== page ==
The Macro backdrop The Nigerian boom has seen the economy quadruple in size since 2000. Growth has averaged 8.6% over 2000-2011. In line with typical economist forecasts, the IMF assumes a modest slowdown towards 6.0% growth by 2015-2016, and they expect nominal naira GDP growth to half from 23% over 2000-2011 to just 12% over 20122016. These (somewhat pessimistic, in our view) forecasts suggest GDP will have nearly doubled from $203bn in 2010 to $359bn by 2016.
Figure 1: GDP % change and GDP per capita ($) in current prices; arrows represent our more benign scenario GDP % pc 25% 20% 15% 10% 5% 0% 2000 2001 2002 2003 2004 2005 2006 2007 2008 2009 2010 2011 2012 2013 2014 2015 2016 GDP per capita 2,500 2,000 1,500 1,000 500 -

Source: IMF, Renaissance Capital estimates

Renaissance Capital

A survey of the Nigerian middle class

26 September 2011

Figure 2: Using Japan urbanisation data for 1950-2010, we can see how others countries compare Japan China 1950-2010 Kenya 1950-2010 90% 80% 70% 60% 50% 40% 30% 20% 10% 0% 1855 1860 1865 1870 1875 1880 1885 1890 1895 1900 1905 1910 1915 1920 1925 1930 1935 1940 1945 1950 1955 1960 1965 1970 1975 1980 1985 1990 1995 2000 2005 2010 Sth Korea 1950-2010 India 1950-2010 Ethiopia 1950-2010 Vietnam 1950-2010 Turkey 1950-2010 Ghana 1950-2010 Philippines 1950-2010 Nigeria 1950-2010

Source: UN

We disagree with the IMF forecast. Nigerias urbanisation rate is now at around 50%, which is halfway through the period when GDP growth tends to be at its most rapid (from 40-60%). We think the plans to improve electricity generation and transmission could help GDP growth accelerate in the coming years. We would not be surprised if Nigeria is achieving double-digit real GDP growth on a sustained basis, and nominal GDP growth of 15-25%, by 2015-2016. A $247bn economy in 2011 could be a $460bn economy by 2016, assuming nominal GDP growth of 20% and a naira/dollar exchange rate of NGN155/$1. The opportunities this provides to investors are dramatic. Per capita GDP at market exchange rates has already soared from just $361 in 2001 to $1,541 by 2011, based on IMF data. The population has boomed too, from 119mn in 2000 to 160mn in 2011, and the IMF expects this to rise to 184mn by 2016. Based on the IMFs pessimistic numbers, per capita GDP will rise by another third to $1,957 over the next five years, but we forecast a rise to $2,500 in 2016 under our more positive scenario.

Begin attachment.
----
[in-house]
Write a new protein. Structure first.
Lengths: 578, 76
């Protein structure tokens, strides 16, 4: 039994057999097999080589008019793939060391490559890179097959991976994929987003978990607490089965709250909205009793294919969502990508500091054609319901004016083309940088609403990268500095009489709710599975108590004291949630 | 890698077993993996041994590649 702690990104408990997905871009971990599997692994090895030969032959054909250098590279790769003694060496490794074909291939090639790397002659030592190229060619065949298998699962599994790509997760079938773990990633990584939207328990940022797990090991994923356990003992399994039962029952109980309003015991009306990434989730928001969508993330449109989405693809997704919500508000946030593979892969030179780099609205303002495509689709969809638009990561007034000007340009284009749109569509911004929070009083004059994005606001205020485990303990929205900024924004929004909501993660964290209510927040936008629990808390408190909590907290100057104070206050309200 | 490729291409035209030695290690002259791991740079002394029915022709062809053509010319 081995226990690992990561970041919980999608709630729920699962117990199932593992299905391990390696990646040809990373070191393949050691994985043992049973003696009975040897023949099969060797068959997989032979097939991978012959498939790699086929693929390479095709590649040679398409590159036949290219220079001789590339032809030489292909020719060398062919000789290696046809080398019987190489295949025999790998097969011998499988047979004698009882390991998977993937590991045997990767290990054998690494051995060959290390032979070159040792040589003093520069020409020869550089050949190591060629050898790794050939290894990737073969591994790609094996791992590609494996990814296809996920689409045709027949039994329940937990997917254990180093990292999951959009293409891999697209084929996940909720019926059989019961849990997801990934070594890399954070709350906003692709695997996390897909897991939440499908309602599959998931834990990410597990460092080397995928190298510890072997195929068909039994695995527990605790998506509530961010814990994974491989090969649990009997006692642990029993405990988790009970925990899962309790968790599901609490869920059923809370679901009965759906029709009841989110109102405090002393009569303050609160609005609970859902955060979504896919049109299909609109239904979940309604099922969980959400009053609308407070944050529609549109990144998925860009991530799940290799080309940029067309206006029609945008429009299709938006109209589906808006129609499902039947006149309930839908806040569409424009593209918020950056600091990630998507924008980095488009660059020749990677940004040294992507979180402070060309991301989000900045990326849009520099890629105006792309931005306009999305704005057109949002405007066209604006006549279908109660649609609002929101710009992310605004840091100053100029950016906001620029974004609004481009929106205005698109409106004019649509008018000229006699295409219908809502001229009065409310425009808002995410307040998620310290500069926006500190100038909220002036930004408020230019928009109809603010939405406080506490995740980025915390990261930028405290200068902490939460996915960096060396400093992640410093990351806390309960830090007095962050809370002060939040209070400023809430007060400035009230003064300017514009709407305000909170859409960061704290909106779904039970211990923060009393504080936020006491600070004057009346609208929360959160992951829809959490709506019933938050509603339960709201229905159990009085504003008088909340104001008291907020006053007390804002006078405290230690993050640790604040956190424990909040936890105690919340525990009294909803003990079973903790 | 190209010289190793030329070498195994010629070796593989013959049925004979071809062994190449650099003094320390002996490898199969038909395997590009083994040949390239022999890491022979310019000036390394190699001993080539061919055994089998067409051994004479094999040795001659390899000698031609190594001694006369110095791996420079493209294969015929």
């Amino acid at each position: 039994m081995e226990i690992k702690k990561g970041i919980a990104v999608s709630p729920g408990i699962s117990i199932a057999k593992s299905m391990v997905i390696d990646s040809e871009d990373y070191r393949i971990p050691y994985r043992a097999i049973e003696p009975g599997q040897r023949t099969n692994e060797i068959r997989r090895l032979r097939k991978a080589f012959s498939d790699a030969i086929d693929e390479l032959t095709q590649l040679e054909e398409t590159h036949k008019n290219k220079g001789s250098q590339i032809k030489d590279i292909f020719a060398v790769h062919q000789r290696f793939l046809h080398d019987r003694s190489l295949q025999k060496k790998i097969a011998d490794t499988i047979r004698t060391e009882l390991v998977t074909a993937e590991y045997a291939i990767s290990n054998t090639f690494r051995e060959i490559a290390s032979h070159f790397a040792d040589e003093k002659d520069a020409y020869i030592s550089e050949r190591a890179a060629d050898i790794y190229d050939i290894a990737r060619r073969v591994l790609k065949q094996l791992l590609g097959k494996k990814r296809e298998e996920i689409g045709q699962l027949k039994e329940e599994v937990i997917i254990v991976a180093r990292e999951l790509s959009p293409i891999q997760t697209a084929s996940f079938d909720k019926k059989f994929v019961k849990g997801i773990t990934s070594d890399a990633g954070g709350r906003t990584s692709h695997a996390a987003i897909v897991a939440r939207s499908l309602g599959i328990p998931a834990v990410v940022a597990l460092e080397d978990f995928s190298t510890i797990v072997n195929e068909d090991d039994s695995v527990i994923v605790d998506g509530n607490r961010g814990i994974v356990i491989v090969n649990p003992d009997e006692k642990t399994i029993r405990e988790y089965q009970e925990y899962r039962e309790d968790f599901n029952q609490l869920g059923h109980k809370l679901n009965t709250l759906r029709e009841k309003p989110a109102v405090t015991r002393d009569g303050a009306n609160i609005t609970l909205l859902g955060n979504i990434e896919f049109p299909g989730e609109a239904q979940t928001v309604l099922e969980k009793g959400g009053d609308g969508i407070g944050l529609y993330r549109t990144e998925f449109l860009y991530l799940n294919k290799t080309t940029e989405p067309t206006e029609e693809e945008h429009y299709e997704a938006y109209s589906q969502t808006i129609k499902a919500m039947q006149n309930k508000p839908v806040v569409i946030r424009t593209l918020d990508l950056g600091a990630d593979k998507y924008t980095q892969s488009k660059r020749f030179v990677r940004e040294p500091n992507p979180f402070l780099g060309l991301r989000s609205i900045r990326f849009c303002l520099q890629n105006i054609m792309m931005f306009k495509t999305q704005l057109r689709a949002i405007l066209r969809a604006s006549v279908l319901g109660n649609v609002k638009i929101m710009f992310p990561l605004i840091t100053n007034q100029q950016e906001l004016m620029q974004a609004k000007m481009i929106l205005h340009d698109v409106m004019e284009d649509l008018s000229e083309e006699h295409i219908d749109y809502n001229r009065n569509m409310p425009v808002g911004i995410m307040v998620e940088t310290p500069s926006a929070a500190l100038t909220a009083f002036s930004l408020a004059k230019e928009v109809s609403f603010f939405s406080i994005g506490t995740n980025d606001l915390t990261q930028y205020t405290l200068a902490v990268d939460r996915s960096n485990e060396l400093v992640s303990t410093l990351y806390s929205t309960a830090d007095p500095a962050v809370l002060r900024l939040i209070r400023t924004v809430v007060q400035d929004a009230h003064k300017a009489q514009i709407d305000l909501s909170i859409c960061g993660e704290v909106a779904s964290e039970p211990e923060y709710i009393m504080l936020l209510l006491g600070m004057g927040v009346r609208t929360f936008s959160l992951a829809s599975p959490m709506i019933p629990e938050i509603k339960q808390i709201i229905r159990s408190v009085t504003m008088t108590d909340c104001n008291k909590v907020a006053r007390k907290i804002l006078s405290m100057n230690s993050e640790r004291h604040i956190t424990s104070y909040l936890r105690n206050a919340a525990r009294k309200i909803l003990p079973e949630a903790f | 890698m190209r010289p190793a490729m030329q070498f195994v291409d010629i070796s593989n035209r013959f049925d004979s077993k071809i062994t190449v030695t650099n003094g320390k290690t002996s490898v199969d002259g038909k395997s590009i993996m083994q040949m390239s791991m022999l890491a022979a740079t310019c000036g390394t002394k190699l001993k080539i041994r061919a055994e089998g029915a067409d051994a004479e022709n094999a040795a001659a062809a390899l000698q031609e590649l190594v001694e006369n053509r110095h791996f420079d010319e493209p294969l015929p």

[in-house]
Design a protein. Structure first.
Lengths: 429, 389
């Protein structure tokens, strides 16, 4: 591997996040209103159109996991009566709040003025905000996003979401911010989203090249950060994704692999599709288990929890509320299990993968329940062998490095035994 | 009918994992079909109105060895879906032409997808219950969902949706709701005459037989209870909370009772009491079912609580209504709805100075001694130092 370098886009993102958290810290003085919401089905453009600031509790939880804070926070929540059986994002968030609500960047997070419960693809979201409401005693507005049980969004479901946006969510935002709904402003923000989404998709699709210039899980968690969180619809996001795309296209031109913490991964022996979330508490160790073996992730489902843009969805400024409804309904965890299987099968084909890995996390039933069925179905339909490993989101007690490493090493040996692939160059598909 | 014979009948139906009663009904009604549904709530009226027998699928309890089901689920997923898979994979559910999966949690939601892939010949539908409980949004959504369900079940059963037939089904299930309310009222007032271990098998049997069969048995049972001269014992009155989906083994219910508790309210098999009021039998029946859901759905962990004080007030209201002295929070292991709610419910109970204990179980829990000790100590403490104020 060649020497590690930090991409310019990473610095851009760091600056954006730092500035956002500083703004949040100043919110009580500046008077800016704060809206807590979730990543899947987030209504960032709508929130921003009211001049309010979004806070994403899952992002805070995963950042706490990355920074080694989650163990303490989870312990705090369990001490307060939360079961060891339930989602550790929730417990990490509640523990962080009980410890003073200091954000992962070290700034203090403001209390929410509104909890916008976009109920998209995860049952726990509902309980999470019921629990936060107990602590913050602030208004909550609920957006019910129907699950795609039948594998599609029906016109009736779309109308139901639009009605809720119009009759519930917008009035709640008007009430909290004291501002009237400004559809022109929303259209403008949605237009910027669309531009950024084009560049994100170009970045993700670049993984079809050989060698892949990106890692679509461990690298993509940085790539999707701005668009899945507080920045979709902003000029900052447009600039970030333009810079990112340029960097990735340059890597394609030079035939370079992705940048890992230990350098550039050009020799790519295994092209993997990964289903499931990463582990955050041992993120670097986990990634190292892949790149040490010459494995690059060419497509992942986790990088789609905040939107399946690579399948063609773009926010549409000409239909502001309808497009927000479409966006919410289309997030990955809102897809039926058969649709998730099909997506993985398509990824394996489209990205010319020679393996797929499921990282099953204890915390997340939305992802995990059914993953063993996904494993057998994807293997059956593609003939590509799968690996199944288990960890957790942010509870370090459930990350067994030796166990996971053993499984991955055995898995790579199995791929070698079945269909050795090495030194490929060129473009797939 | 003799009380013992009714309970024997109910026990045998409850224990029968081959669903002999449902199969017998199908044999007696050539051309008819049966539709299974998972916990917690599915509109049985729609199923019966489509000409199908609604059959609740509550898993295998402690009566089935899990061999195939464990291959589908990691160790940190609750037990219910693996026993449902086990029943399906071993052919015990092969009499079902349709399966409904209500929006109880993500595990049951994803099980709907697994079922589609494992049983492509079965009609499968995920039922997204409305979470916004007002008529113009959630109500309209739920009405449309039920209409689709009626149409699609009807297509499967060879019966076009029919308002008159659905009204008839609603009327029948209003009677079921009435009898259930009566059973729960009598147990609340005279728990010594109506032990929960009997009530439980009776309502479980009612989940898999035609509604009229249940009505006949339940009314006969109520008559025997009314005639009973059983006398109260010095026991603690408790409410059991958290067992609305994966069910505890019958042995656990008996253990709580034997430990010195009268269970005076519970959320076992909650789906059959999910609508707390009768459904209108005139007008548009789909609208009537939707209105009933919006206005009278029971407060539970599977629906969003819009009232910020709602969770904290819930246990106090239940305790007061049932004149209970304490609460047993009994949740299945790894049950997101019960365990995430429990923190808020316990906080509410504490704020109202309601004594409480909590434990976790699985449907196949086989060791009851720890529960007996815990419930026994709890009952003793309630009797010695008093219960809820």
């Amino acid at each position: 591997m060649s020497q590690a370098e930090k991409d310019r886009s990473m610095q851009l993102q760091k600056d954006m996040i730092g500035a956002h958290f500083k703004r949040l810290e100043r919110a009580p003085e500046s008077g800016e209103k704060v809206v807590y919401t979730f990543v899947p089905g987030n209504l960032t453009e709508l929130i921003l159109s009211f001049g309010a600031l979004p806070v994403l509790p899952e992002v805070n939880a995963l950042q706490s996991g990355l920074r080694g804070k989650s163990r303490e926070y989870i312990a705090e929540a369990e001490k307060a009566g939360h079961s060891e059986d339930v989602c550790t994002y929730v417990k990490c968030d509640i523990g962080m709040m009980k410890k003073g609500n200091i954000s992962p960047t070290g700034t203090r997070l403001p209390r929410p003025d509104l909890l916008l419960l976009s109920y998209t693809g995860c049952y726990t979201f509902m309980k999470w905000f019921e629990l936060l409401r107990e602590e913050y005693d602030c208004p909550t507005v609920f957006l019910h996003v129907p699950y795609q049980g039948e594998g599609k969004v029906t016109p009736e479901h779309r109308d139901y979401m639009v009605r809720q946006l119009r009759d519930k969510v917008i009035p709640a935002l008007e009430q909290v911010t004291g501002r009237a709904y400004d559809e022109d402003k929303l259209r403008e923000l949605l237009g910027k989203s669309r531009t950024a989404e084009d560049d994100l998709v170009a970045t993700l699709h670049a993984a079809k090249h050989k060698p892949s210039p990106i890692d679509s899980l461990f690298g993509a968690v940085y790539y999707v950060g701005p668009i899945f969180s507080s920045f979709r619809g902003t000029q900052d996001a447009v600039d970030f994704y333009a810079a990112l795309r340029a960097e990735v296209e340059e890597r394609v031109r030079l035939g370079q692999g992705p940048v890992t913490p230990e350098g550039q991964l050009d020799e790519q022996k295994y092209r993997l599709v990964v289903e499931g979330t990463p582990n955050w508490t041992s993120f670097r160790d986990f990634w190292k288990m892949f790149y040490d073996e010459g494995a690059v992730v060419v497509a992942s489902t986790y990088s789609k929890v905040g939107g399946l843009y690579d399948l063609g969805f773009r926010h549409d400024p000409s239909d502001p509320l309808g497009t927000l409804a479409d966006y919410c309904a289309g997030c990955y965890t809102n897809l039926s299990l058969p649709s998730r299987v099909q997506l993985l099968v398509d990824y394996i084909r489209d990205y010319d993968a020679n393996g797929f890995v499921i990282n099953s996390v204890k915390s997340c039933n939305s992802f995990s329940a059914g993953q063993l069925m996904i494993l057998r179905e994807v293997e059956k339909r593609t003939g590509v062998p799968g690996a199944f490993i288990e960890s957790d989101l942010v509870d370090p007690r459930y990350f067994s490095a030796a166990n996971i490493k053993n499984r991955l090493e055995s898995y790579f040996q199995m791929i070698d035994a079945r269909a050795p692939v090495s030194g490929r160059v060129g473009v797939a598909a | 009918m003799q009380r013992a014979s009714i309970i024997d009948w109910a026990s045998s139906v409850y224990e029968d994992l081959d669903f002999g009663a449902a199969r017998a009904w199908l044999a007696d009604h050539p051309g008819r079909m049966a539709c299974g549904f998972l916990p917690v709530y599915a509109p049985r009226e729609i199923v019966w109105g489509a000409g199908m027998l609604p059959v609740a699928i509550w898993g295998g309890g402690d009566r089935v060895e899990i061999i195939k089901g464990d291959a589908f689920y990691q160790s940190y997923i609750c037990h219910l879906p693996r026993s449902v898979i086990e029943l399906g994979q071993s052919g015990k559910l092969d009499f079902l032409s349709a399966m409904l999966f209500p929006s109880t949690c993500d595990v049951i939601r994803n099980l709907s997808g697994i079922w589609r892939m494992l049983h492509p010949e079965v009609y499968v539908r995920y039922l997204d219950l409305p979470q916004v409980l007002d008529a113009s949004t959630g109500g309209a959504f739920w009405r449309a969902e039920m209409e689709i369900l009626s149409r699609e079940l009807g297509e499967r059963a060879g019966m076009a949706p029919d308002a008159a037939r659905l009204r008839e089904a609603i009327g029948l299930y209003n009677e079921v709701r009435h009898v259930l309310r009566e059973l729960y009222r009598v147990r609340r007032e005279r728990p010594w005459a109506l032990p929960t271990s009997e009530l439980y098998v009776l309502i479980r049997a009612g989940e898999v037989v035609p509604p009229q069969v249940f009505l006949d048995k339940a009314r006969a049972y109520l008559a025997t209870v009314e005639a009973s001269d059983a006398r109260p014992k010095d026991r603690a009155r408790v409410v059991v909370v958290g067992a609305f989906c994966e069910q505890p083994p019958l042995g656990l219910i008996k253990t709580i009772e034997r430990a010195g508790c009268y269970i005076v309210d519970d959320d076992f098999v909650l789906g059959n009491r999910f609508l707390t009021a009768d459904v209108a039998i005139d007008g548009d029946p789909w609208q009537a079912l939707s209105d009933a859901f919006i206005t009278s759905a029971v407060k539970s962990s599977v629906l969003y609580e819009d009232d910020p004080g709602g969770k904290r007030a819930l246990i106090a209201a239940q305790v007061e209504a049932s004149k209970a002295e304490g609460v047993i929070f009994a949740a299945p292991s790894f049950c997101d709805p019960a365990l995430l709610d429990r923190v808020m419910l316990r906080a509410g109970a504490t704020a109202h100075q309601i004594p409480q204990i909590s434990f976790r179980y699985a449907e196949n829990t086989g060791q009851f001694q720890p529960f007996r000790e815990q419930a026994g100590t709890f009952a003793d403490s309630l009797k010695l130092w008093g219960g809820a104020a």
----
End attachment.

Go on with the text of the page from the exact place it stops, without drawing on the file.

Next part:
Renaissance Capital

A survey of the Nigerian middle class

26 September 2011

Figure 3: GDP ($bn; lhs) and population (mn; rhs); arrow represents our forecast scenario GDP $bn 400 350 300 250 200 150 100 50 0 2000 2001 2002 2003 2004 2005 2006 2007 2008 2009 2010 2011 2012 2013 2014 2015 2016 Population 190 180 170 160 150 140 130 120 110

Source: IMF, Renaissance Capital estimates

A collapse in global commodity prices would invalidate both our and the IMF forecasts, but with oil at $110/bbl over the course of 2011, even with US and EU growth that is as anaemic as it is today, and EM demand now responsible for nearly 60% of global oil demand, we cannot make this our base case. There are also upside risks. Nigeria today is one of the least indebted nations on the planet. With its virtually zero external or public sector debt and very low levels of private sector debt, any change in consumer and corporate demand for loans would allow for a dramatic borrowing increase, which may fuel consumption and investment growth that is faster than we forecast.
Figure 4: Private sector (household and corporate) debt as % of GDP, 2009 220 200 180 160 140 120 100 80 60 40 20 0 Netherlands Portugal Spain United Kingdom United States 42d High debt in Asian and rich countries Emerging European debt was heading towards eurozone levels Latam, African and CIS countries have low debt levels

(% of GDP)

Czech Republic

South Africa

Brazil

Russia

Kazakhstan

Philippines

Indonesia

France

Belgium

Greece

Ukraine

Poland

Thailand

Slovakia

Germany

Lithuania

Romania

Hungary

Nigeria

Turkey

Kenya

Chile

China

Latvia

India

South Korea

Mexico 42d

Japan 42d

Source: IMF( 42d refers to a broader measure of banks due to specific country exceptions)

Argentina

Croatia

Renaissance Capital

A survey of the Nigerian middle class

26 September 2011

Figure 5: Total public debt as % of GDP, 2010 250 200 150 100 50 0 Indonesia Kenya Kazakh Poland Sth Afr Ghana France Philippines Eurozone Estonia Romania Portugal Turkey Ireland Japan Hungary Egypt Latvia India Italy Ukraine